Making the IoT scalable, simpler and SAFEr

Making the IoT scalable, simpler and SAFEr

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By eeNews Europe

IoT services are enabled by devices collecting, processing and sending data, quite often sensitive or personal, to the cloud. A key factor in the widespread deployment of IoT services is the ability for key stakeholders – end users and service providers – to trust that the data gathered and transmitted to the IoT cloud is done so securely, in order to protect its integrity and the resulting integrity of the service.

Global authorities, industry bodies, governments and regulators are therefore working collaboratively towards defined IoT guidelines and mandates. This activity is particularly advanced in Europe. The General Data Protection Regulation (GDPR) defines strict penalties for device manufacturers and service providers who do not protect consumer privacy. A robust certification framework has also emerged, with the ENISA Cybersecurity Act and Eurosmart IoT Certification Scheme requiring IoT devices to undergo penetration testing from state-of-the-art independent security laboratories prior to deployment.

The challenges of remotely provisioning, managing and updating credentials across millions of different devices throughout their entire lifecycle to ensure this security and privacy are myriad. It is the ability to protect IoT data communications in a simple, standardised manner at scale, however, that has emerged as a key industry challenge.


Market fragmentation: a key challenge

Leveraging a hardware secure element (SE) as a ‘Root of Trust’ to execute security services and store security credentials is an essential step in the development lifecycle to guarantee end-to-end security for IoT products and services. It is also a key recommendation of the GSMA IoT Security Guidelines.

There are several proprietary hardware SE solutions available to deliver this root of trust, but market fragmentation introduces a key challenge. Connected devices must be modified to access security services from different SE providers, which creates significant design issues and is unsustainable at scale given the ever-increasing size and diversity of the IoT ecosystem.

IoT SAFE SIM architecture (example).

The SIM on the other hand, in combination with supporting over-the-air provisioning and management infrastructure, is fully standardized. When used as the hardware Root of Trust in an IoT device, it promotes interoperability across different vendors and more consistent use by IoT device makers and service providers.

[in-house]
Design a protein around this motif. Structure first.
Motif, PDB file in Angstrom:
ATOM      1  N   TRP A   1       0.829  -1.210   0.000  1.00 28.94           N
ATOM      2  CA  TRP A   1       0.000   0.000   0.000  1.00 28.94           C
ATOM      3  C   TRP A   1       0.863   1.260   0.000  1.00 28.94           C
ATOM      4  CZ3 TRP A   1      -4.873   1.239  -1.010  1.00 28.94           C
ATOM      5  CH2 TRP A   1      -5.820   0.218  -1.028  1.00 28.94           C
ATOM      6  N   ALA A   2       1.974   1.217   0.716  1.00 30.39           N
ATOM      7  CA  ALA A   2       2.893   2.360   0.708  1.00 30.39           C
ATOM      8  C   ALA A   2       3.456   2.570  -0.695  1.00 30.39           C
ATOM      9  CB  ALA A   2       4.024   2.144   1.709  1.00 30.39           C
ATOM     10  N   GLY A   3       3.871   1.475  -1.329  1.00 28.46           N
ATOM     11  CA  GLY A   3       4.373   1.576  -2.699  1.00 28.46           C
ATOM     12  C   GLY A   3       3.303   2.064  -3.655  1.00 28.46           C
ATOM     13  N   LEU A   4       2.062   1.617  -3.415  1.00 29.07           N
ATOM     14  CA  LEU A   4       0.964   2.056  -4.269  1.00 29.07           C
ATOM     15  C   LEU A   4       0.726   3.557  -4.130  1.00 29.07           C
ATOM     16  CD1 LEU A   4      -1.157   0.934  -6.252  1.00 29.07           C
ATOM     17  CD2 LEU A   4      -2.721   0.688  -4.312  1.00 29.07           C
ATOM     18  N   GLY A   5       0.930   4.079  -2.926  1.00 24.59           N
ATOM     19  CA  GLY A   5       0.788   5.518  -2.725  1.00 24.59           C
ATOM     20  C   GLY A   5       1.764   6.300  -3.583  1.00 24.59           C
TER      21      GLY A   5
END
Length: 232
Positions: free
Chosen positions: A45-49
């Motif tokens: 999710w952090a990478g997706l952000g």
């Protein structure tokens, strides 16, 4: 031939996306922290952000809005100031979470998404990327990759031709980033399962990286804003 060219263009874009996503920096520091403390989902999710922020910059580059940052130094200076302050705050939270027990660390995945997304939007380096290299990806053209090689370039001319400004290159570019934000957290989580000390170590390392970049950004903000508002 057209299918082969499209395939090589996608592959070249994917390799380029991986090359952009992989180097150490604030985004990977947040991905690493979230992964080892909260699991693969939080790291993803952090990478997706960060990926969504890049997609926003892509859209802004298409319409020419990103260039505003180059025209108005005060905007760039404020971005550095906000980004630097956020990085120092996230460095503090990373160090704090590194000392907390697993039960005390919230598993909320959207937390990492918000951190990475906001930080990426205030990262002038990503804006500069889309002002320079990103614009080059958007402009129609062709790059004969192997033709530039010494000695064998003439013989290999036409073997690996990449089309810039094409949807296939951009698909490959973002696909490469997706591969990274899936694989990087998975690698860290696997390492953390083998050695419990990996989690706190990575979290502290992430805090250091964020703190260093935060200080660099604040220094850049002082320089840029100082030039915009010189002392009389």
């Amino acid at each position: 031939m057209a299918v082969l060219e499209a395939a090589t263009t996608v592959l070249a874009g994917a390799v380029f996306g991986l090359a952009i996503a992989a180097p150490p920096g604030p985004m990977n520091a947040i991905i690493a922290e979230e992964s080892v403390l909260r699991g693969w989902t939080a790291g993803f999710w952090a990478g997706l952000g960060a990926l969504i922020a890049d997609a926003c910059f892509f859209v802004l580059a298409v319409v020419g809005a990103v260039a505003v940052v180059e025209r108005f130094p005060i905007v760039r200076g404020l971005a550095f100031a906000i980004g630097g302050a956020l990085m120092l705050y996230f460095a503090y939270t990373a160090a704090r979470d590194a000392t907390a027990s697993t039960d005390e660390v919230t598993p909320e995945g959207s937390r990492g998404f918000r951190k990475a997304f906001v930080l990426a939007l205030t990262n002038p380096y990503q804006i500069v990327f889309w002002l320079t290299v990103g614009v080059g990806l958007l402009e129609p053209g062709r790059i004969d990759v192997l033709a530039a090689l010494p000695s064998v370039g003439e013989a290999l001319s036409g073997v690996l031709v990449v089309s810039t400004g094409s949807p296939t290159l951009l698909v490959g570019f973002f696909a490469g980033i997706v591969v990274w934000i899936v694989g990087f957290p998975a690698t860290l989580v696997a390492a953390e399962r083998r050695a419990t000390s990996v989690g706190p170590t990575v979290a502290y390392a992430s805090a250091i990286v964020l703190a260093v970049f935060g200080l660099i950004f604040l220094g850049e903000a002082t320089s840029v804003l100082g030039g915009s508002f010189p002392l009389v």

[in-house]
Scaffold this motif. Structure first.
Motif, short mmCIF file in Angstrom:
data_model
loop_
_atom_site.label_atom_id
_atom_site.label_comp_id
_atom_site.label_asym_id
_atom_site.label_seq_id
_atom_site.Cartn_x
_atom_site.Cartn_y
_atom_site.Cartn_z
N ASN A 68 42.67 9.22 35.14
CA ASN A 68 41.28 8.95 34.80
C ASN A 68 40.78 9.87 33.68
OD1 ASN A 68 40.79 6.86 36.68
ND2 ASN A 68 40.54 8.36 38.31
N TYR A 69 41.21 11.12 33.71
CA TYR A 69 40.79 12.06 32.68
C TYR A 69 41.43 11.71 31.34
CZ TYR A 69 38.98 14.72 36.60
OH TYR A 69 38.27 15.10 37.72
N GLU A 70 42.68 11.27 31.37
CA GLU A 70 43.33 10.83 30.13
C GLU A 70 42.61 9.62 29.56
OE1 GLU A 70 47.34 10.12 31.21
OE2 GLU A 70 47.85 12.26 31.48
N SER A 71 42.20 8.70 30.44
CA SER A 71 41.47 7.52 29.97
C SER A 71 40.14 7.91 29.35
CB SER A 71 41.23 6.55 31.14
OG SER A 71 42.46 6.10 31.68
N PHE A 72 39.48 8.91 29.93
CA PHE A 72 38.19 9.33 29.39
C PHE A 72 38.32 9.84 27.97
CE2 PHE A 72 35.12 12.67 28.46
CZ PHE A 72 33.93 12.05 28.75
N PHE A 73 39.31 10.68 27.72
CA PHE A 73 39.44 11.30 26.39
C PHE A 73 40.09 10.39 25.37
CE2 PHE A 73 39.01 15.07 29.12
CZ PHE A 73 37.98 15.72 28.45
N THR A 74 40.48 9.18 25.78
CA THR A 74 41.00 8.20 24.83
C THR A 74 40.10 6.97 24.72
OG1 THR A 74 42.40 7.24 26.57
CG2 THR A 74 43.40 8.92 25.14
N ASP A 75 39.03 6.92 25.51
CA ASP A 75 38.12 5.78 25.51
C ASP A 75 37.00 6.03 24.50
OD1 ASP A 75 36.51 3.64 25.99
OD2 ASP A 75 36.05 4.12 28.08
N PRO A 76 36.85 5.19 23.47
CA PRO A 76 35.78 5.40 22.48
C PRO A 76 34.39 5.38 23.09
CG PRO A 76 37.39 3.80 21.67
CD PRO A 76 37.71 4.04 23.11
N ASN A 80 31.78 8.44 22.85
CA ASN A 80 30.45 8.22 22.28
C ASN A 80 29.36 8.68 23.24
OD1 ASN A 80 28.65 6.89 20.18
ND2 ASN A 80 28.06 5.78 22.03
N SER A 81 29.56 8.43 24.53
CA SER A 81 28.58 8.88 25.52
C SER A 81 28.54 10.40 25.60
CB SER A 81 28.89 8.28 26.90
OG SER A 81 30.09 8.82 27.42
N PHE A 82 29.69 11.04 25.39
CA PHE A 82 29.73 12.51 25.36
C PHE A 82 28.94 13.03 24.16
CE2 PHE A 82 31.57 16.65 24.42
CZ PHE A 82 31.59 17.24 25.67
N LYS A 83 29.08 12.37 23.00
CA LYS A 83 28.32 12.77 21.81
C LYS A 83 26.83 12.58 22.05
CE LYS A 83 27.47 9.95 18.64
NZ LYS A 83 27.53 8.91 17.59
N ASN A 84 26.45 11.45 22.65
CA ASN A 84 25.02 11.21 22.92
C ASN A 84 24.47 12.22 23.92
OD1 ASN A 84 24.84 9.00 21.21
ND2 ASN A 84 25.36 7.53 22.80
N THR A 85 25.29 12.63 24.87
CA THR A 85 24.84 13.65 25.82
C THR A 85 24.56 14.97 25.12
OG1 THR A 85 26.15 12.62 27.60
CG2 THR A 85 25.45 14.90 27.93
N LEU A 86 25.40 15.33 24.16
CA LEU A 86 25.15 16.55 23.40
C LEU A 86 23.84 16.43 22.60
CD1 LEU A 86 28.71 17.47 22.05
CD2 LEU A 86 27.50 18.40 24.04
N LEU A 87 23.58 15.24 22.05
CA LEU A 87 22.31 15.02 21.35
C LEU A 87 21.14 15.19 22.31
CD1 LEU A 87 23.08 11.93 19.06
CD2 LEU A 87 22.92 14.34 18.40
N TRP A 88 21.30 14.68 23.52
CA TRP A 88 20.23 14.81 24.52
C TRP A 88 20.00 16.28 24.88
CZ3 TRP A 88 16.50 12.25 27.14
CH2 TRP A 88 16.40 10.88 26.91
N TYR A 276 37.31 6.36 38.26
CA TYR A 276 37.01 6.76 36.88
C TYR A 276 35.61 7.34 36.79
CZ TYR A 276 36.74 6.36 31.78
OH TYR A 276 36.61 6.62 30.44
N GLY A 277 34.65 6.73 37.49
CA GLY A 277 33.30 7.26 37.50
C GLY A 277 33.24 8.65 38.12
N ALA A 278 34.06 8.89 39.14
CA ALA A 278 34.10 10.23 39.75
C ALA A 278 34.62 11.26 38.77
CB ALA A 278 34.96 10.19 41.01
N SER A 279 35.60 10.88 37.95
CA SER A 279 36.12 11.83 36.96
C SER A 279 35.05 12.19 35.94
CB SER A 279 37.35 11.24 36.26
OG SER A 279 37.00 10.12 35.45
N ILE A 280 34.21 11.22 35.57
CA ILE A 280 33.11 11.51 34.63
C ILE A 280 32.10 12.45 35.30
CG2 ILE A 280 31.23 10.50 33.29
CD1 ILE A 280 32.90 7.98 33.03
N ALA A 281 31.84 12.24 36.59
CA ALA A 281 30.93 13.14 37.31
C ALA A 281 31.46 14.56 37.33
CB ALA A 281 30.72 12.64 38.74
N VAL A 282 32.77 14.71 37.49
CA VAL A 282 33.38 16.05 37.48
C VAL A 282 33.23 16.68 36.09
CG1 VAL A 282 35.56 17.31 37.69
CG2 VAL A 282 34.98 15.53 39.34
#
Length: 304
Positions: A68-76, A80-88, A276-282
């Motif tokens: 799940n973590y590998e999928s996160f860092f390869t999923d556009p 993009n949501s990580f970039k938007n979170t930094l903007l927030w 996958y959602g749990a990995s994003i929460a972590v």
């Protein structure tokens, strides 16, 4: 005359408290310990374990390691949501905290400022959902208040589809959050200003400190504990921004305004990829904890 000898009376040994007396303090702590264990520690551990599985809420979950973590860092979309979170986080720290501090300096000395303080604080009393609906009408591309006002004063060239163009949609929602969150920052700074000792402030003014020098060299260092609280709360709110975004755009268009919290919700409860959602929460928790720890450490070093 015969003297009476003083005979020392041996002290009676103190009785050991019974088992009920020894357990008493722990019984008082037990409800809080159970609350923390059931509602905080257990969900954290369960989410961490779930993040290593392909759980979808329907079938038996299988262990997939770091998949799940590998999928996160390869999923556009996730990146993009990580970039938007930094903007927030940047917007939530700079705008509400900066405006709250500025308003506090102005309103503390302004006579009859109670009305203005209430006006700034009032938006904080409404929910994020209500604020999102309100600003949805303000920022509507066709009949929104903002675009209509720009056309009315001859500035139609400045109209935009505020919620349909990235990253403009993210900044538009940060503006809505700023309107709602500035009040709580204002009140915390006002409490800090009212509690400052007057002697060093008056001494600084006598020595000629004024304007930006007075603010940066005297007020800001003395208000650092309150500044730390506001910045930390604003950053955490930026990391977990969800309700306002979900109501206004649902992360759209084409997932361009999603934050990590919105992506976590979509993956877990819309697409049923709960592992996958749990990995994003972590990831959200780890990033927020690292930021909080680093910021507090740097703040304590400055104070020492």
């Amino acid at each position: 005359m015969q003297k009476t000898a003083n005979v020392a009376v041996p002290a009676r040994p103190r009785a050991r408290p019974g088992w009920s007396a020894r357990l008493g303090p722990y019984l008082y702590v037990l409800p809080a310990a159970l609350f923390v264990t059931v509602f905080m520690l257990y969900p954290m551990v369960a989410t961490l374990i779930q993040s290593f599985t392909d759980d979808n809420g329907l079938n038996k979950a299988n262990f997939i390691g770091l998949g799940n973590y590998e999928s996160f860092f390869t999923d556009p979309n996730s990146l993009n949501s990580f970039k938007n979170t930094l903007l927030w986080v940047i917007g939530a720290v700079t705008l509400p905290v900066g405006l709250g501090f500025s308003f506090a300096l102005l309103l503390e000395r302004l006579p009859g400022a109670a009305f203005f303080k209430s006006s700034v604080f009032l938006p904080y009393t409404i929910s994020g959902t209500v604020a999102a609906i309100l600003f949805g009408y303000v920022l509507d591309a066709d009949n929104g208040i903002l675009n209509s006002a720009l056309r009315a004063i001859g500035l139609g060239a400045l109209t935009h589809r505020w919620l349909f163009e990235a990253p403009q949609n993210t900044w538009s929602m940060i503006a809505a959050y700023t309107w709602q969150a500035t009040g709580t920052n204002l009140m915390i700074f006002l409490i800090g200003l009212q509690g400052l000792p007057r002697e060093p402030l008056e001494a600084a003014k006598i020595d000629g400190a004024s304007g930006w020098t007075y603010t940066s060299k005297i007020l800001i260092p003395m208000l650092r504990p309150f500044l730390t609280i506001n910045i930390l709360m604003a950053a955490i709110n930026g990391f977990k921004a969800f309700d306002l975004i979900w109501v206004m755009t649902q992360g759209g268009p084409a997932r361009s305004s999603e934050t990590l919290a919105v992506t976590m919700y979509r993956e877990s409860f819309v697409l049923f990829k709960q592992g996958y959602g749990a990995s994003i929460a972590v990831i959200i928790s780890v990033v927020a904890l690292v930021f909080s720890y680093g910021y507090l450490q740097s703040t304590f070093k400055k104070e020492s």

An additional advantage is that the SIM has advanced security and cryptographic features, including a securely designed central processing unit (CPU) and dedicated secure memory to store operating system programs, keys and certificate data. This protects IoT devices from various hacking scenarios, such as cloning, physical attacks to a single device, and remote attacks from the internet to numerous devices.

Although this advanced functionality and infrastructure means the SIM can effectively function as the hardware Root of Trust in an IoT device, the fragmentation challenge is not completely removed. This is because device middleware must still be modified to enable access to the SIM services.

It was apparent, therefore, that removing this design hurdle was critical to the development of a scalable, secure IoT ecosystem.

Introducing IoT SAFE

It’s widely recognized that industry collaboration is key to promoting a secure, interoperable connected future. To further extend the capability of the SIM, GSMA and SIMalliance have partnered on IoT SAFE (IoT SIM Applet For Secure End-2-End Communication).

IoT SAFE directly addresses the significant challenge of industry fragmentation. By specifying a common API and defining a standardised way to leverage the SIM to securely perform mutual authentication between IoT device applications and the cloud, it is far easier for IoT device makers to execute security services and manage credentials across millions of devices.

And as all of the critical security functions are executed on the SIM rather than untrusted areas of the device, the robustness of the mutual authentication is assured. Also, a remote interface enables the management of the secure IoT applet throughout its lifecycle.

Delivering flexibility and maximising investments

The benefits of IoT SAFE go beyond scalability and security. For example, as security functions can be delegated to the SIM, device makers are not solely dependent on cloud provider services to secure their products and solutions. In addition, SIMs are already widely deployed to ensure trusted connectivity across the mobile ecosystem. An estimated 5.6 billion SIMs were shipped in 2018 alone, with estimated total shipments from 2013 to 2018 hitting 32 billion. This can be leveraged to deliver enhanced security for devices with minimal additional investment.

About the author:

Remy Cricco is Chairman of the SIMalliance –

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